It’s Time For Me To Get Deadly Serious

How My Wake-Up Call In an Emergency Room Is Changing Me

Sometimes a trip to the Emergency Room puts things into perspective

Last year, a few days before Christmas, I spent the afternoon in an emergency room. I was shaking, nervous, sweating, breathing funny, lightheaded, and experiencing chest pain. I thought I might be dying.

I knew I wasn’t having a heart attack: I couldn’t be having a heart attack. I didn’t have any of the classic symptoms of myocardial infarction I learned about in EMT School. I wasn’t gasping for breath, grabbing at my left arm, falling on the ground saying there was an elephant sitting on my chest. But something was wrong. I had ignored it for several weeks, hoping it would go away. But it didn’t.

I had tachycardia, and I knew it. My heart was beating too fast, and I could feel every single beat. It felt like a drummer was hiding in my chest, pounding on the inside of my ribcage. It didn’t make sense—what was going on, and most of all, why now?

I went to Panera Bread and tried to calm down. I bought some coffee (yes, I know: caffeine? That was a mistake). I closed my eyes, prayed, and tried some breathing exercises I learned years ago from singing opera. Calm down. I need to calm down, I kept thinking.

I wondered if I should just go to the gym and put in a few miles on the treadmill. That usually calms me down and helps me deal with stress. But this was different—this wasn’t normal stress, it was something else. And since my heart was already racing, I wondered if increasing my cardiac activity would push me into dangerous territory, and… well, I wasn’t sure what would happen in that case, but it probably wouldn’t be good.

It wouldn’t stop, and the longer I thought about it, the more I realized I was just stalling for time. I was coming up with all kinds of excuses to ignore the problem—I had even literally thought about outrunning it at the gym. But none of it was working. I had to give up.

I got into my car and started to cry. Shouting at the sky, I was scared, confused, angry, and inconvenienced. I needed help but was too embarrassed to admit it. I’m a tough guy. I could just power my way through it, right? I had always been able to do that in the past. I just get over things.

I think in the past, I would have just ignored it and told myself it was no big deal. But just one year earlier, in September of 2021, my youngest brother just died from a heart attack. He was only 18 years old. He literally fell over and died, right where he was standing, without any warning at all.

Boom. He was gone, forever.

So I knew I couldn’t muscle my way through this. It was muscle, in fact — my heart muscle — that wasn’t working. My brother’s heart had ultimately failed him, and I wondered if the same was going to happen to me somehow. It still didn’t make sense: my health was just fine: I eat well, I go to the gym three times a week, and I’ve taken health screenings before, and everything comes out fine. But this was concerning.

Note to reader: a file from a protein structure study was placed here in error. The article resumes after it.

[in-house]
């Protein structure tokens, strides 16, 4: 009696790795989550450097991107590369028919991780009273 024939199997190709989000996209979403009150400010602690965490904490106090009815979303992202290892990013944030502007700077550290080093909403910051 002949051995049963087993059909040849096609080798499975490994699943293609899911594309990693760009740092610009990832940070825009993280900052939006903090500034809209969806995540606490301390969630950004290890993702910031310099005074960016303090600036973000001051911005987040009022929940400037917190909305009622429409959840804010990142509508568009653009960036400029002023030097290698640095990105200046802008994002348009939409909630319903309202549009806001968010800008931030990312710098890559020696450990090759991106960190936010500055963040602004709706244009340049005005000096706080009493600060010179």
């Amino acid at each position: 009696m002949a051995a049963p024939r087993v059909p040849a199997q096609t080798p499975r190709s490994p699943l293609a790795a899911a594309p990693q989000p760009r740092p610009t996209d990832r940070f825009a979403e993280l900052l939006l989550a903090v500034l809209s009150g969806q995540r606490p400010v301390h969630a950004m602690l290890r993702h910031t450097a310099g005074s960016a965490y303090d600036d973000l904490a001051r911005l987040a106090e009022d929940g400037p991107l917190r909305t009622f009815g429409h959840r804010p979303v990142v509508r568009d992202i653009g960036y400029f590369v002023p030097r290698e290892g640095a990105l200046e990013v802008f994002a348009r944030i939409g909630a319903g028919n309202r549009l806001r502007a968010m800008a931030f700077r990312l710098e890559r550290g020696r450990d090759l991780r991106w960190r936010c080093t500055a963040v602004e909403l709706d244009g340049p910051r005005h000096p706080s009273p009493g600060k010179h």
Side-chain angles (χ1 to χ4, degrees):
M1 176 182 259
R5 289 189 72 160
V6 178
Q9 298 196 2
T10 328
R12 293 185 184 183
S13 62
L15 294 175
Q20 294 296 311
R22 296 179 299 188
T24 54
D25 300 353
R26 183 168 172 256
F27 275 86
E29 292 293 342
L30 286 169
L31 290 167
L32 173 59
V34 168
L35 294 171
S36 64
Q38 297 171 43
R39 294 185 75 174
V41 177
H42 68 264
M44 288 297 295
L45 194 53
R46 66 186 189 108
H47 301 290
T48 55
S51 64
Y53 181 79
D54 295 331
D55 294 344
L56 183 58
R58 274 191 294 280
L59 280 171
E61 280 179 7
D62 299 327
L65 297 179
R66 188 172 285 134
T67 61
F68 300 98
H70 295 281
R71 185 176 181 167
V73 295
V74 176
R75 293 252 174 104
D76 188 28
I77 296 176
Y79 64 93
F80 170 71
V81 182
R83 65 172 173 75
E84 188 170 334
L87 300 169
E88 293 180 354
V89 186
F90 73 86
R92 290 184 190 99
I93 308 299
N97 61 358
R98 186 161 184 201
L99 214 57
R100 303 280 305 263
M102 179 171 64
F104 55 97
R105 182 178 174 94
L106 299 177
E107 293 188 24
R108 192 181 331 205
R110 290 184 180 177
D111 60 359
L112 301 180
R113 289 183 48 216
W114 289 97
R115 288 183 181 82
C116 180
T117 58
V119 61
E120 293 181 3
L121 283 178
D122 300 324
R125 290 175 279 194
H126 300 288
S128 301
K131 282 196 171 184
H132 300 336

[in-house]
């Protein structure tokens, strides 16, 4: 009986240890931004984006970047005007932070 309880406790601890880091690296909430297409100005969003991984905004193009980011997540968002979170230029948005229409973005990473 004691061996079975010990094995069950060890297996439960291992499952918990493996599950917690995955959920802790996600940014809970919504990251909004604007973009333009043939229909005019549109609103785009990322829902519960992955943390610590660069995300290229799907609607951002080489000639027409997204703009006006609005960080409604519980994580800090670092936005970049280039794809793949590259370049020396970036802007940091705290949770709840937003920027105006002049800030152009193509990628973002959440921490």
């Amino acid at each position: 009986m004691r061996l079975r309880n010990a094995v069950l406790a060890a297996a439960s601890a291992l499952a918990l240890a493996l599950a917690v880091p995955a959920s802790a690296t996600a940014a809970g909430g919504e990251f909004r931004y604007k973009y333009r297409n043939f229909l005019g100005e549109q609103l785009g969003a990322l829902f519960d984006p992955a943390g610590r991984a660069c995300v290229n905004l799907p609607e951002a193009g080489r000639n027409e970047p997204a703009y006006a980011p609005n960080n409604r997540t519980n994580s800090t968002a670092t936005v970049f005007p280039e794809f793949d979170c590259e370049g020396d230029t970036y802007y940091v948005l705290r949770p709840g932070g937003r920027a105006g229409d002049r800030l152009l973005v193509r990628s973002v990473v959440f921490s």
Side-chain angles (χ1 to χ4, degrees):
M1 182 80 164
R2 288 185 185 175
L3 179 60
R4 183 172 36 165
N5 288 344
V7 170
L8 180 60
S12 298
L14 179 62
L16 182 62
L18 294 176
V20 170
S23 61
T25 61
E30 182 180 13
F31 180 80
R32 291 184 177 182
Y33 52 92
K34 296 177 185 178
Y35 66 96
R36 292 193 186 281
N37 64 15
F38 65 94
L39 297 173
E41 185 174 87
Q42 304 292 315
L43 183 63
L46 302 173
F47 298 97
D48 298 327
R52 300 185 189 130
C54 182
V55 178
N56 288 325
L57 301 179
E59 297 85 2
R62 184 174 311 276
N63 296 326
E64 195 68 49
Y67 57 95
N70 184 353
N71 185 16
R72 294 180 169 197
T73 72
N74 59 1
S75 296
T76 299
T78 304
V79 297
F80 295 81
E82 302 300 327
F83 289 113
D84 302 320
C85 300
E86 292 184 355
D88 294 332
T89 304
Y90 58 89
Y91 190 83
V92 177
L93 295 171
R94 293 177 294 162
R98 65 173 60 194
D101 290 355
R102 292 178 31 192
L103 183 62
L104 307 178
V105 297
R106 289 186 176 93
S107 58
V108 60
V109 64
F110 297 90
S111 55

So I drove to an emergency room and walked in the door. I told the lady at the front desk: “I think there’s something wrong with my heart.” “Okay, fill out these forms,” she said, and I took a clipboard and a big stack of papers back to my chair and filled them out.

After I finally finished all the paperwork, they called my name, and I went back into one of the rooms, stripped down, put on a COVID mask and a gown, and laid down on the hospital bed.

Laying in a hospital bed was not how I wanted to spend the day

Nurses hooked me up to a bunch of tubes and wires and put a needle in my arm (or hand—I can’t remember). It was all so surreal: I hadn’t been in an accident, and there was nothing wrong with me as far as I could tell. I glanced at my iPhone: it was 1:14 pm, on a Monday, the most boring time of day on the most boring day of the week. There was nothing that led up to this level of escalation: I hadn’t been in a car wreck, I wasn’t even in pain, and nothing traumatic had happened to me at all.

But all I could think was: “I have so much work to do. This is going to put me behind.”

As someone who’s self-employed, I have to maintain my own schedule, running a tight ship, with maximum efficiency and minimal distraction and downtime. So whenever inconveniences like this pop up, it’s more irritating than anything else. I walked into the emergency room lobby at 12:56 pm and didn’t leave until around 2:34 pm. That was a big chunk of time totally wasted. Bummer.

Hooking me up to the machine

They hooked me up to an EKG machine, checked my vitals, and then looked at my heart. It seemed normal, the doctor said. But I was having arrhythmias for unspecified reasons, and that was concerning. But based on my family history, he wanted to give me a heart X-ray. As they prepared to do that, he started asking me questions.

“So, are you under a lot of stress?” he asked, or something very close to that.

Good news: my heart was pumping the right way

Ugh. I hate it when doctors ask questions like, “are you under a lot of stress?” How do I answer that question? How does anybody answer that question? Aren’t we all under a lot of stress?

“Yes, I think you could say that,” I admitted. I told him how I’m the sole income earner for a family of seven. I have two teenagers. I just moved to a new city in a new state where I don’t know a soul, and it’s been an extremely difficult adjustment. I tried not to throw myself a pity party, but I was honest about how hard it is working for myself where I have no regular paycheck, no payday, no sick pay, no paid vacation, and no health benefits. It’s hard enough to stay in business and pay my normal bills, let alone medical bills.